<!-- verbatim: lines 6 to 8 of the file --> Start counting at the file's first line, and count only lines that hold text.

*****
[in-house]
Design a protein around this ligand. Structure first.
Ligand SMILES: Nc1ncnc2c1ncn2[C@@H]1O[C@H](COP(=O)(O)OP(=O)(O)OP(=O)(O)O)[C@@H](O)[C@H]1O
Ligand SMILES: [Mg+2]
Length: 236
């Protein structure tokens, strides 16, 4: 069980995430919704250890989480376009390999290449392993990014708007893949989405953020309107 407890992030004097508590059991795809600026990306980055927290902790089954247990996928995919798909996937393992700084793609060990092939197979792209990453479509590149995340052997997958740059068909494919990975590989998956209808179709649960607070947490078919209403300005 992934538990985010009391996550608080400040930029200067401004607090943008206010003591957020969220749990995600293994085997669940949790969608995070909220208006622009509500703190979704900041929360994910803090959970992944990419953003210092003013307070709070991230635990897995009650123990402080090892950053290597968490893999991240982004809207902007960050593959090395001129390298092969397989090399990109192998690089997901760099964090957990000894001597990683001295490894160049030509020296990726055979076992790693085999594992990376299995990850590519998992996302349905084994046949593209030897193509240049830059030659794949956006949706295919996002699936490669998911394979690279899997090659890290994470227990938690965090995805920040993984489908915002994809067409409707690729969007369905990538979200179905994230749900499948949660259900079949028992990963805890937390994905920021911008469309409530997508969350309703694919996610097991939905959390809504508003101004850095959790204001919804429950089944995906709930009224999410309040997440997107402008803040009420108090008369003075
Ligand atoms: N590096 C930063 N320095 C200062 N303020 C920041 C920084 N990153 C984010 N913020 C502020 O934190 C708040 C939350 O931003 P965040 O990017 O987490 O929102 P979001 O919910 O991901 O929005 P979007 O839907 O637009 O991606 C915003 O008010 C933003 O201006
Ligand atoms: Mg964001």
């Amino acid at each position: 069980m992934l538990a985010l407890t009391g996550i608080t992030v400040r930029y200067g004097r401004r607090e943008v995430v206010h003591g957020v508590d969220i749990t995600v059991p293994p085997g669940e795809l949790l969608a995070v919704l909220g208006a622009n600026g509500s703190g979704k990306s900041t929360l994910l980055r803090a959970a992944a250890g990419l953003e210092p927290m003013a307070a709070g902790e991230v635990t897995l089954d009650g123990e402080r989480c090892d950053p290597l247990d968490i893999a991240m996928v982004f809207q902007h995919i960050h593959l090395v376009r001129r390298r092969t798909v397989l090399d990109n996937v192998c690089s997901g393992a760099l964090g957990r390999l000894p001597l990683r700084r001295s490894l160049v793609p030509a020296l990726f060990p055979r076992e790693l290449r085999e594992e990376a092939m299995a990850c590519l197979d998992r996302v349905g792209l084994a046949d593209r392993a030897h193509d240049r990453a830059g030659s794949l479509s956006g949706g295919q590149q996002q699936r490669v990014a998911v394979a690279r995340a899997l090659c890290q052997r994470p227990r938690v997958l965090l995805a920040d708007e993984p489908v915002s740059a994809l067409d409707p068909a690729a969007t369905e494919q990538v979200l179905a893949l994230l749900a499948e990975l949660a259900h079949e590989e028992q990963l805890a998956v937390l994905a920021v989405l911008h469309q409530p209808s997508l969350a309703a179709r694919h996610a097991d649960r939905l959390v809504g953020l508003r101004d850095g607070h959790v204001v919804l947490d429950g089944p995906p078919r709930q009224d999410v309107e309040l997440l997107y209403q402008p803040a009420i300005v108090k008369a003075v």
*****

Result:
């Protein structure tokens, strides 16, 4: 069980995430919704250890989480376009390999290449392993990014708007893949989405953020309107 407890992030004097508590059991795809600026990306980055927290902790089954247990996928995919798909996937393992700084793609060990092939197979792209990453479509590149995340052997997958740059068909494919990975590989998956209808179709649960607070947490078919209403300005 992934538990985010009391996550608080400040930029200067401004607090943008206010003591957020969220749990995600293994085997669940949790969608995070909220208006622009509500703190979704900041929360994910803090959970992944990419953003210092003013307070709070991230635990897995009650123990402080090892950053290597968490893999991240982004809207902007960050593959090395001129390298092969397989090399990109192998690089997901760099964090957990000894001597990683001295490894160049030509020296990726055979076992790693085999594992990376299995990850590519998992996302349905084994046949593209030897193509240049830059030659794949956006949706295919996002699936490669998911394979690279899997090659890290994470227990938690965090995805920040993984489908915002994809067409409707690729969007369905990538979200179905994230749900499948949660259900079949028992990963805890937390994905920021911008469309409530997508969350309703694919996610097991939905959390809504508003101004850095959790204001919804429950089944995906709930009224999410309040997440997107402008803040009420108090008369003075
Ligand atoms: N590096 C930063 N320095 C200062 N303020 C920041 C920084 N990153 C984010 N913020 C502020 O934190 C708040 C939350 O931003 P965040 O990017 O987490 O929102 P979001 O919910 O991901 O929005 P979007 O839907 O637009 O991606 C915003 O008010 C933003 O201006
Ligand atoms: Mg964001």